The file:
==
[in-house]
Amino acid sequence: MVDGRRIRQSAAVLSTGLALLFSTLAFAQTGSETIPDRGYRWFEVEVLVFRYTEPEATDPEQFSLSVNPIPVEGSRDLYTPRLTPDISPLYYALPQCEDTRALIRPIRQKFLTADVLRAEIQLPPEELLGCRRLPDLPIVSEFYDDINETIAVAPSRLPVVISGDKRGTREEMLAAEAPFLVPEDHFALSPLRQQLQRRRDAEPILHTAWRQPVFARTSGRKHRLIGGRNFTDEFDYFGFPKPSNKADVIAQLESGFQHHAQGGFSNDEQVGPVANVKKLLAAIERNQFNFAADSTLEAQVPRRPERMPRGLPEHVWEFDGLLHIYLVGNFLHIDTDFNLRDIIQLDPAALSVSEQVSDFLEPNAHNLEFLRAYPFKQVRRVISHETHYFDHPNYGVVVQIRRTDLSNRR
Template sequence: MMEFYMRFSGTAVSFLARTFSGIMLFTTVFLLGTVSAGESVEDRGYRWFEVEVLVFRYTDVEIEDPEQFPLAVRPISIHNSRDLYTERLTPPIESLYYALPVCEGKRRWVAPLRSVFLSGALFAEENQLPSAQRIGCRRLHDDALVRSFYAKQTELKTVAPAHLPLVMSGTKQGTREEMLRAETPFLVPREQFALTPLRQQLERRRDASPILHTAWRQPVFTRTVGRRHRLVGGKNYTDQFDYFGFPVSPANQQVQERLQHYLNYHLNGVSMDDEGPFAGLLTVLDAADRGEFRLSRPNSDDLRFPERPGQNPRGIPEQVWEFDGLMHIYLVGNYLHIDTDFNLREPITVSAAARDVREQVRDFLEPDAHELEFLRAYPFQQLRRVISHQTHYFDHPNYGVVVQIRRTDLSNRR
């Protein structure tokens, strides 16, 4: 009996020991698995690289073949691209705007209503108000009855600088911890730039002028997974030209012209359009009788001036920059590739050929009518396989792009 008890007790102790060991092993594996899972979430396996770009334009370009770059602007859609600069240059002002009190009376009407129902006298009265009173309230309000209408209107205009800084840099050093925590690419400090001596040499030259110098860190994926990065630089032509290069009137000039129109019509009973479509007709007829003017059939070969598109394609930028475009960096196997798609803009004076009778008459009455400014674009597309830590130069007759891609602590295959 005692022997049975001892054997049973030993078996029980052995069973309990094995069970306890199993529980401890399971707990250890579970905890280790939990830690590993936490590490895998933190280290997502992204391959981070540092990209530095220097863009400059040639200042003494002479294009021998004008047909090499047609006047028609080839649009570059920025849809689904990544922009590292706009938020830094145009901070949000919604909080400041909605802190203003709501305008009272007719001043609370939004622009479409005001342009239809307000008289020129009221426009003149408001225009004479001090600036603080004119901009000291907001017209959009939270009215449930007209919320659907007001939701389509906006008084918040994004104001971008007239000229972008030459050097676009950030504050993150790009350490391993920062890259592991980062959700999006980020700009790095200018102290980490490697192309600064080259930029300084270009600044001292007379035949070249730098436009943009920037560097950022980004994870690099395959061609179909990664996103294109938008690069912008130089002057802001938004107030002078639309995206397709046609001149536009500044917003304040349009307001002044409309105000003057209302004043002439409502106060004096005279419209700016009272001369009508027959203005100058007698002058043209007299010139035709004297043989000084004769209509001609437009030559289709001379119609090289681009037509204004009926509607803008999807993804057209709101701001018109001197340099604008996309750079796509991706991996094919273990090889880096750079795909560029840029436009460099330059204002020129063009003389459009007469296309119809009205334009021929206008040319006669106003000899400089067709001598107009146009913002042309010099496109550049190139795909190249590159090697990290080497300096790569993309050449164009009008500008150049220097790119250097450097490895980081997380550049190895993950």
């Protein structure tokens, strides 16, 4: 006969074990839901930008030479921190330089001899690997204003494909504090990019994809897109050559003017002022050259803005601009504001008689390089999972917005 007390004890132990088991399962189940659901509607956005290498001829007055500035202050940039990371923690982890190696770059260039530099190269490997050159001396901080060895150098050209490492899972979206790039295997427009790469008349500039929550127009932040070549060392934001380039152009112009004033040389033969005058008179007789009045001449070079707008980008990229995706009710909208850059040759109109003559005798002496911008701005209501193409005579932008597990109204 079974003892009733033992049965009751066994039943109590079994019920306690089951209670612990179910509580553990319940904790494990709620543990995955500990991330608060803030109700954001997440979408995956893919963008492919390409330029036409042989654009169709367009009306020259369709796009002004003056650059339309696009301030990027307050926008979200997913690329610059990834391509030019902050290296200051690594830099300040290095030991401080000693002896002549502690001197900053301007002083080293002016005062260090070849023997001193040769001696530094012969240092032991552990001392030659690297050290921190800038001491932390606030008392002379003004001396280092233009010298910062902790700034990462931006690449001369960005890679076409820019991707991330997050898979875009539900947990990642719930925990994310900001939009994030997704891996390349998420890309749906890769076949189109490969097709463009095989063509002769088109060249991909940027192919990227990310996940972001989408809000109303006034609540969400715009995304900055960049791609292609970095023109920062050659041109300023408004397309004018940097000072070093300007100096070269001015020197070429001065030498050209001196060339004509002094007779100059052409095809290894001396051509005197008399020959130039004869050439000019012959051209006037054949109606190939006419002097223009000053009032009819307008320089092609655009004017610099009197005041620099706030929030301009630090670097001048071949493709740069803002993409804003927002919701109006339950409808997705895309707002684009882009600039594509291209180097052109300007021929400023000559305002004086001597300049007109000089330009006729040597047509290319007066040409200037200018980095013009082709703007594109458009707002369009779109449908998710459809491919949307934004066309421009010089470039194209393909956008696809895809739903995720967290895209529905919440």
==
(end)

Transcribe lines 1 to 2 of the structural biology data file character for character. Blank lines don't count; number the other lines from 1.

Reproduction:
[in-house]
Amino acid sequence: MVDGRRIRQSAAVLSTGLALLFSTLAFAQTGSETIPDRGYRWFEVEVLVFRYTEPEATDPEQFSLSVNPIPVEGSRDLYTPRLTPDISPLYYALPQCEDTRALIRPIRQKFLTADVLRAEIQLPPEELLGCRRLPDLPIVSEFYDDINETIAVAPSRLPVVISGDKRGTREEMLAAEAPFLVPEDHFALSPLRQQLQRRRDAEPILHTAWRQPVFARTSGRKHRLIGGRNFTDEFDYFGFPKPSNKADVIAQLESGFQHHAQGGFSNDEQVGPVANVKKLLAAIERNQFNFAADSTLEAQVPRRPERMPRGLPEHVWEFDGLLHIYLVGNFLHIDTDFNLRDIIQLDPAALSVSEQVSDFLEPNAHNLEFLRAYPFKQVRRVISHETHYFDHPNYGVVVQIRRTDLSNRR